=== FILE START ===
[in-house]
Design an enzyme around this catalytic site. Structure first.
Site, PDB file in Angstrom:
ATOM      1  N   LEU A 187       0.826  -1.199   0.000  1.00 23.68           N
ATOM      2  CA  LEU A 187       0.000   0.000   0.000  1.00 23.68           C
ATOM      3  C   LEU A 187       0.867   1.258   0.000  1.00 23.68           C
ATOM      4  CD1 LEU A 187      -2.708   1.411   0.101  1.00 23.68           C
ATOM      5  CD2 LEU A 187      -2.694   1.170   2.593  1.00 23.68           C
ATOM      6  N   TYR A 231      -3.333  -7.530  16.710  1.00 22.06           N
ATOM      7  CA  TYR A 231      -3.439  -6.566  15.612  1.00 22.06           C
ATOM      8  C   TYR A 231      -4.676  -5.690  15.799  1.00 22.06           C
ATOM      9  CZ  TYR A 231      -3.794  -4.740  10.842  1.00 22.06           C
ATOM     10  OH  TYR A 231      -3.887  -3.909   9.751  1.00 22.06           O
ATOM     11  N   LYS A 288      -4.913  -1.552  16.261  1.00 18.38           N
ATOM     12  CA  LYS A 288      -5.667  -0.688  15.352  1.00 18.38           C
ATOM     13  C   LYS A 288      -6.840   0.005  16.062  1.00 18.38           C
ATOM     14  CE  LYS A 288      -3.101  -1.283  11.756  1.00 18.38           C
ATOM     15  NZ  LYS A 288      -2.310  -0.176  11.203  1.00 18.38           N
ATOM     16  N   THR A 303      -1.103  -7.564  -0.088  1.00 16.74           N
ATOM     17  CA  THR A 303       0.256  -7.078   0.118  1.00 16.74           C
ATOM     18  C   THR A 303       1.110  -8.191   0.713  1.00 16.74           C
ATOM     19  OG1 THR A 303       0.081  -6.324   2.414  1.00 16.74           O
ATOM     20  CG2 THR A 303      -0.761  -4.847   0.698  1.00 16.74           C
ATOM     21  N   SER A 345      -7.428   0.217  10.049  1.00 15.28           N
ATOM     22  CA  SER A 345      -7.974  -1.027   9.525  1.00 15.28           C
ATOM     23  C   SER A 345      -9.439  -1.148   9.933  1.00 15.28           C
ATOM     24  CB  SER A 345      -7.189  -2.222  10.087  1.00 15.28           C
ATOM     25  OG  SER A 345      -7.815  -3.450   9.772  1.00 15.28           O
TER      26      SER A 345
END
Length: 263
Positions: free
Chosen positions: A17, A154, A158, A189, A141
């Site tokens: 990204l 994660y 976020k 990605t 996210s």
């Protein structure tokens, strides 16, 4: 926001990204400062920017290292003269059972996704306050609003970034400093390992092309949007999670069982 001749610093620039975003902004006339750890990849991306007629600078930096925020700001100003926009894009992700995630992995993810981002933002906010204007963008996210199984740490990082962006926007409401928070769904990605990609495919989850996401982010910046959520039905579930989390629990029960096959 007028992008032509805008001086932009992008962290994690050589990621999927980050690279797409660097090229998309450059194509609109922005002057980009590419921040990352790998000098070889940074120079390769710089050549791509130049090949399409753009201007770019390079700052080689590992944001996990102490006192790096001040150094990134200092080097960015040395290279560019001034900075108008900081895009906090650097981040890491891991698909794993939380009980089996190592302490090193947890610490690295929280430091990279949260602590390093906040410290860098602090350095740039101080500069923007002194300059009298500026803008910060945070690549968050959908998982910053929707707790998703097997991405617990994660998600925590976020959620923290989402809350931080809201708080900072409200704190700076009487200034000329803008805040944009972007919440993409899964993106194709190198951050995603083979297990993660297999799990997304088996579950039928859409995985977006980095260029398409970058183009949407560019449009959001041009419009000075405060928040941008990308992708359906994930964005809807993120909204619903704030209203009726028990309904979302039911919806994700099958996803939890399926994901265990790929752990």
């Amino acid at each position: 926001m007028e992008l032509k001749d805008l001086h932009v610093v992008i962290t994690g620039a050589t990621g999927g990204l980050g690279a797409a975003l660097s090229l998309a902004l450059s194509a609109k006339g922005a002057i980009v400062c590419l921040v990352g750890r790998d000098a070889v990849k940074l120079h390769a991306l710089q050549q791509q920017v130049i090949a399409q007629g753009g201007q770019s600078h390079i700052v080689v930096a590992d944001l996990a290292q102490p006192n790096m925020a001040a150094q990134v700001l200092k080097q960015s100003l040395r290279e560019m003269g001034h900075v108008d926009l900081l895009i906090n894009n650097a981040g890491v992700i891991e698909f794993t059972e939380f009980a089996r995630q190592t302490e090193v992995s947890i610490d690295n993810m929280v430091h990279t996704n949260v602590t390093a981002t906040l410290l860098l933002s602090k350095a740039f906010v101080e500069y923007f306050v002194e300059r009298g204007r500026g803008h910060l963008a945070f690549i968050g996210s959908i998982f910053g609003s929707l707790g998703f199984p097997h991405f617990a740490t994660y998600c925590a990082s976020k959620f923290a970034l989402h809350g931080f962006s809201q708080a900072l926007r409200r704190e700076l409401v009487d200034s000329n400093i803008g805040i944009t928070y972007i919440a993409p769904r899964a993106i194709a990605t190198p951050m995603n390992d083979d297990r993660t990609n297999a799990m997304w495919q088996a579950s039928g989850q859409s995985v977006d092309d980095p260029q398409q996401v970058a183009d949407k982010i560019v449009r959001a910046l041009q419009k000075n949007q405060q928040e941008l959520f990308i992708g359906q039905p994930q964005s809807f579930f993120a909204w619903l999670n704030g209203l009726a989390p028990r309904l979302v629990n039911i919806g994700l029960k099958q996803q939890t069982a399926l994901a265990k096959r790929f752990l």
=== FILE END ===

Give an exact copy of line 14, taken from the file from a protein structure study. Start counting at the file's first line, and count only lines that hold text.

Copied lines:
ATOM     11  N   LYS A 288      -4.913  -1.552  16.261  1.00 18.38           N